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The Role of Polymer Science in IVDIn vitro diagnostics technologies involve the testing of samples outside of the body. However, the devices that are utilized within the body to capture those samples are significant to the overall success of a testing procedure. This article looks at the role of polymer science in the capture and delivery of those samples to ensure a successful outcome.

When it comes to in vitro diagnostics (IVD), chances are a company like Zeus that focuses almost exclusively on polymer science and extrusion technology used inside the body isn’t the first company that comes to mind. So what might a company like that offer on the topic of in vitro diagnostics?

Using the “chicken or the egg” example, it becomes apparent how a polymer science company does, in fact, play not just a small, but rather substantial role in the world of IVD. In the simplest of terms, Zeus polymer technology is a precursor and enabler to IVD. It helps to provide access to the body’s nooks and crannies to clinicians, which is necessary to explant tissue samples that are later studied in a lab setting. Diagnosing a test sample in vitro can’t occur until whatever is in the body is taken out.

When thinking about IVD in general, an important aspect is gaining access to the test specimen and collecting the appropriate amount from the right anatomical area. Clear access is important in improving accuracy when harvesting localized tissue samples, for example, and avoiding pitfalls like false negative test results.

Look at a simple example of the steps leading up to an IVD tissue biopsy. A gastroenterologist may go in through an endoscope and use biopsy forceps to section and explant a sample of tissue from a suspected tumor. From a general perspective, polymer technologies are used within the devices integral for navigating tortuous anatomy and providing a conduit for cutting and extraction devices, as well as components that are part of those cutting and extraction devices.

An example of one of these components would be PTFE Sub-Lite-Wall spiral striped heat shrink used as a lubricious covering and visual aid for guide wire placement. Other examples include fluoropolymer, PEEK, and Nylon components that make up multi-lumen catheters, as well as fluoropolymer heat shrink that provides insulation and lubricity to electrocautery “hot” biopsy forceps that a gastroenterologist might use to collect a tissue sample. That sample is then sent to a pathology lab where it is analyzed, tested, and ultimately diagnosed in vitro.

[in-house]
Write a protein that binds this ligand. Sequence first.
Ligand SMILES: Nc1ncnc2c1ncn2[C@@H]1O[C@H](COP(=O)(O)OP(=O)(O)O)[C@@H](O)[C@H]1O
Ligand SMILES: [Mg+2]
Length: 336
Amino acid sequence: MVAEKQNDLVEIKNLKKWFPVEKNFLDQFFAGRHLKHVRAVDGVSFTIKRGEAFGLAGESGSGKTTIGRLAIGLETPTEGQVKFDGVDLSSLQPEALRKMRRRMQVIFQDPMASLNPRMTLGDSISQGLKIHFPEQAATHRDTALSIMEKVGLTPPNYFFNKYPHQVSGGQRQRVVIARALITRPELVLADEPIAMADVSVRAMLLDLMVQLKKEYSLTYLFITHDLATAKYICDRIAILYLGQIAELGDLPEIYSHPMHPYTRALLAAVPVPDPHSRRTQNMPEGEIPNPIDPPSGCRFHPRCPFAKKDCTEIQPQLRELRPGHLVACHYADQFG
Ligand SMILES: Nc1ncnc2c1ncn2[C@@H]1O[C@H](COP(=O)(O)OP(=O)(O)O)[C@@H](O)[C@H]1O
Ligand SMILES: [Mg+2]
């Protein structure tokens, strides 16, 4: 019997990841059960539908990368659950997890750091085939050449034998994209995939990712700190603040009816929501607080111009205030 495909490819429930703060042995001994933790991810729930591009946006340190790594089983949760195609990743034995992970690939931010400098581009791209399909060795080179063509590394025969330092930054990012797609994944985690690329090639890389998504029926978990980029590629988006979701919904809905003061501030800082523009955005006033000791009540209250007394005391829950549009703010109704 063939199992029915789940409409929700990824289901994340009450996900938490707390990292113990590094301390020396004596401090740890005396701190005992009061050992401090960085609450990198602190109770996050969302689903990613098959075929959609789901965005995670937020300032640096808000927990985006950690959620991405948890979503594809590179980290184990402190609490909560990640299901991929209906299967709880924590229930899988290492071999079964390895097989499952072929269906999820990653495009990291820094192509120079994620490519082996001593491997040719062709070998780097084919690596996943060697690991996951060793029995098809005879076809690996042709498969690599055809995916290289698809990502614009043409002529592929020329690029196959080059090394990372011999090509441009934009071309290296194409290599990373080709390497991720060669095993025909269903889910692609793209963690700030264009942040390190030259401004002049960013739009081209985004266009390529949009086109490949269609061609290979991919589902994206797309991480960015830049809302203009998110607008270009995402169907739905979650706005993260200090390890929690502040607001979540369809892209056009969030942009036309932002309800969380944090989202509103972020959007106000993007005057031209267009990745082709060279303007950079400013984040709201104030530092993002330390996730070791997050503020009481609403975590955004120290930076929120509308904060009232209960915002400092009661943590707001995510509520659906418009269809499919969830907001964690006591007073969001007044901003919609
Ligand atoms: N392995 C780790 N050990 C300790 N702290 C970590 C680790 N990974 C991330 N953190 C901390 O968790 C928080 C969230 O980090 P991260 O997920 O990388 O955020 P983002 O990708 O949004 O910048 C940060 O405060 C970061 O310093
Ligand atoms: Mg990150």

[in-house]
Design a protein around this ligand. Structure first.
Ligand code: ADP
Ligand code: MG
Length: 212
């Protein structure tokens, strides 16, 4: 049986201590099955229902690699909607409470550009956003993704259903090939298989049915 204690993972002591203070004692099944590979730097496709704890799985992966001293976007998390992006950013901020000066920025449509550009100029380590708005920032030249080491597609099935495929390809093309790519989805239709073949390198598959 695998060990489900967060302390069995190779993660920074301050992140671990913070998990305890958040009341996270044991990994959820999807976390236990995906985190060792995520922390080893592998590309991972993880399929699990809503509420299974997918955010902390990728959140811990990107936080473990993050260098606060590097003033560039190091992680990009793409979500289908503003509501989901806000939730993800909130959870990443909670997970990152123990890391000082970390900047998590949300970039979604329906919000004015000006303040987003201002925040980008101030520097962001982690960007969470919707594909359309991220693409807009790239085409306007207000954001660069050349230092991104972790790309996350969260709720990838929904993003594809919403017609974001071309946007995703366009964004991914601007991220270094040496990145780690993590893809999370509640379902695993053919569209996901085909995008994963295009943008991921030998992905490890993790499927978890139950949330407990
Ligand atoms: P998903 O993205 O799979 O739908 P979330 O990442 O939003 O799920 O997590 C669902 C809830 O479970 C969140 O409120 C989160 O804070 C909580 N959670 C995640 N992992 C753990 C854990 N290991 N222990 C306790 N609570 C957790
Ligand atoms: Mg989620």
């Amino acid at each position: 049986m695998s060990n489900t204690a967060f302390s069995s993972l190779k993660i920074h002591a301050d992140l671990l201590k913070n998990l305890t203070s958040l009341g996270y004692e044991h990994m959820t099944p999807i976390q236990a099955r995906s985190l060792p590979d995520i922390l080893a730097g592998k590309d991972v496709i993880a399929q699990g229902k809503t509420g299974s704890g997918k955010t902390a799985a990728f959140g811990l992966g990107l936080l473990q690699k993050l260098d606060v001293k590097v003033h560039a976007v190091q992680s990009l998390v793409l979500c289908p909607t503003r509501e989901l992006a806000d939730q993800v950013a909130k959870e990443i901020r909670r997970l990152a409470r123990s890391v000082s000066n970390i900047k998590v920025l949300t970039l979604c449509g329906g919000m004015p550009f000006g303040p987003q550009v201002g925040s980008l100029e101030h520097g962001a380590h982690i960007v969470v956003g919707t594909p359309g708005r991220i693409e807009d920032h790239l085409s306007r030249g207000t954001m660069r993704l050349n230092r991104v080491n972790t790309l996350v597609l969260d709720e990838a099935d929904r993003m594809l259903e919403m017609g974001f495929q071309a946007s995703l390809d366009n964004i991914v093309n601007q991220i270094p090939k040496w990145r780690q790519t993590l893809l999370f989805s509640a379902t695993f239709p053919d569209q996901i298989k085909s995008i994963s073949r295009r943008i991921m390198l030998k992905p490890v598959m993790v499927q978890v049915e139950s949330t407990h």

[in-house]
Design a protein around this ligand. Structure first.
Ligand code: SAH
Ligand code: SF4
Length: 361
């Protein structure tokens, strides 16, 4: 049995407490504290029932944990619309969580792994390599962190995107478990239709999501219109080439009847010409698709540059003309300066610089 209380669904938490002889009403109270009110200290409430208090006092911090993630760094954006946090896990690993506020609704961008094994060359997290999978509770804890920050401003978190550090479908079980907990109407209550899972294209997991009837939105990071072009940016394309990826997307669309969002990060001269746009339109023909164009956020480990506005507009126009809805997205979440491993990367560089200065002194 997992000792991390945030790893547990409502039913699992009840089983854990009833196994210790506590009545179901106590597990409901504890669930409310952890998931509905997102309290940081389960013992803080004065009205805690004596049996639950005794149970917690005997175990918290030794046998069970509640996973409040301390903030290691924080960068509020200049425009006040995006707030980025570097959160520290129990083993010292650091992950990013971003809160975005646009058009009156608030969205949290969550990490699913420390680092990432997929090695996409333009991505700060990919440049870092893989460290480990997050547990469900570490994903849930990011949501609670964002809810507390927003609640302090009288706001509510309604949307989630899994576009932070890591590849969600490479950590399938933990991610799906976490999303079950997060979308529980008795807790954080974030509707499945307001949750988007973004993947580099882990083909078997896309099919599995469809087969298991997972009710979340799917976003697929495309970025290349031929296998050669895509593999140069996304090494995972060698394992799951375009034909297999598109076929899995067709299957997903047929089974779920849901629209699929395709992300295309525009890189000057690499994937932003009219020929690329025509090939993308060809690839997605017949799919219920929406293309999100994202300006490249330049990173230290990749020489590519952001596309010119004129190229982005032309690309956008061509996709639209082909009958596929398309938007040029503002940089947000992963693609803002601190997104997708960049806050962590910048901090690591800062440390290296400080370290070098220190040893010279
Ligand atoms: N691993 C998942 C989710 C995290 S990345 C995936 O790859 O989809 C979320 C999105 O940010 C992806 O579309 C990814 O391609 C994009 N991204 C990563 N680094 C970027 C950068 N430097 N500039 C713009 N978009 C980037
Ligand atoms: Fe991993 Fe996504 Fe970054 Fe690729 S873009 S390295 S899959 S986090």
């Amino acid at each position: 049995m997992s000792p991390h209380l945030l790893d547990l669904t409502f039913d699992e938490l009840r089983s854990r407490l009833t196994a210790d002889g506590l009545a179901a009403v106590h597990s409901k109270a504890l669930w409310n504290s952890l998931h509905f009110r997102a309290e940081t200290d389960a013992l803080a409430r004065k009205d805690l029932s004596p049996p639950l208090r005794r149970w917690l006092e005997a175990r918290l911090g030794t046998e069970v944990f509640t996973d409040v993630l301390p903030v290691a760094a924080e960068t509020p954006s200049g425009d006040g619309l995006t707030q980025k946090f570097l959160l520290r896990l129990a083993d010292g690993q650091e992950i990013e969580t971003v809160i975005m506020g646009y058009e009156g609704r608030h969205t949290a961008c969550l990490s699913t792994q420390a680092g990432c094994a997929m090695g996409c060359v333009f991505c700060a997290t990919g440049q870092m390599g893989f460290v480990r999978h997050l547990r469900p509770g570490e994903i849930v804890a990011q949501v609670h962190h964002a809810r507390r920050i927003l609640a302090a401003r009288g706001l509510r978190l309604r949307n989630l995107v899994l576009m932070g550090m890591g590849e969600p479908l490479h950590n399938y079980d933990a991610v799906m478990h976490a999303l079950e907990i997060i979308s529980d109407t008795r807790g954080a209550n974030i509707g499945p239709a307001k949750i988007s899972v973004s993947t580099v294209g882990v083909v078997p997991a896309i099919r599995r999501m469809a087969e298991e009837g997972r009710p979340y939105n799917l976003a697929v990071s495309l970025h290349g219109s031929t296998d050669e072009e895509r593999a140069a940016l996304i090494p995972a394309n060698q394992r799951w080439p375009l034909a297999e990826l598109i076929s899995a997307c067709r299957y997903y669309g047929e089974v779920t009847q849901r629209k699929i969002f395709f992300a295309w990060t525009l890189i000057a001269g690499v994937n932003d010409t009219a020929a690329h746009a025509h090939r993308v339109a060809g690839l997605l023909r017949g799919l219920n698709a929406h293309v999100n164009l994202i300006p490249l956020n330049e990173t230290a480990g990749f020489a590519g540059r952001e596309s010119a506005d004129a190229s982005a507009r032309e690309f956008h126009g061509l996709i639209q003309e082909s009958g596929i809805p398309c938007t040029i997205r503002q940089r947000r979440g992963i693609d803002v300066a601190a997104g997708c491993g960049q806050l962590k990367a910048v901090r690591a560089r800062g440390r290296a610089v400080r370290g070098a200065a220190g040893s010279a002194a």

The takeaway is that the medical community is heavily reliant on research advancements made possible by in vitro diagnostics; however, the precursor to many of these tests lies in the undeniably instrumental role of the procedures and devices used to reliably and precisely collect the test specimens.

Devices and associated polymer componentry are not designed nor selected serendipitously. Clinicians, medical device design engineers and polymer suppliers are all important pieces of a dynamic puzzle. Material selection, device design, and clinical feedback are a process of continuous improvement that is paramount in advancing patient care.

GI/Endoscopy is just one sector in which polymer science is contributing to and enabling the advancement of in vitro diagnostics. Emerging markets like diabetes management, women’s health/infertility, tissue engineering, and pharmaceuticals are just a few additional areas where IVD plays an important role that are benefiting from advancements in polymer science. The material suppliers are committed to innovation, which results in next generation medical devices and therapies that are critical to the advancement of IVD and, in turn, further perpetuate the need for newer technology.

The worlds of minimally invasive surgery and IVD are codependent to an arguable extent. While most people may not immediately see a polymer supplier as part of the IVD market, such a supplier does play an important role and contribution in unique developments in the space. Somewhere right now there’s a scientist studying the pathophysiology of cancer cells in a tissue sample; a polymer supplier may have helped deliver that sample.

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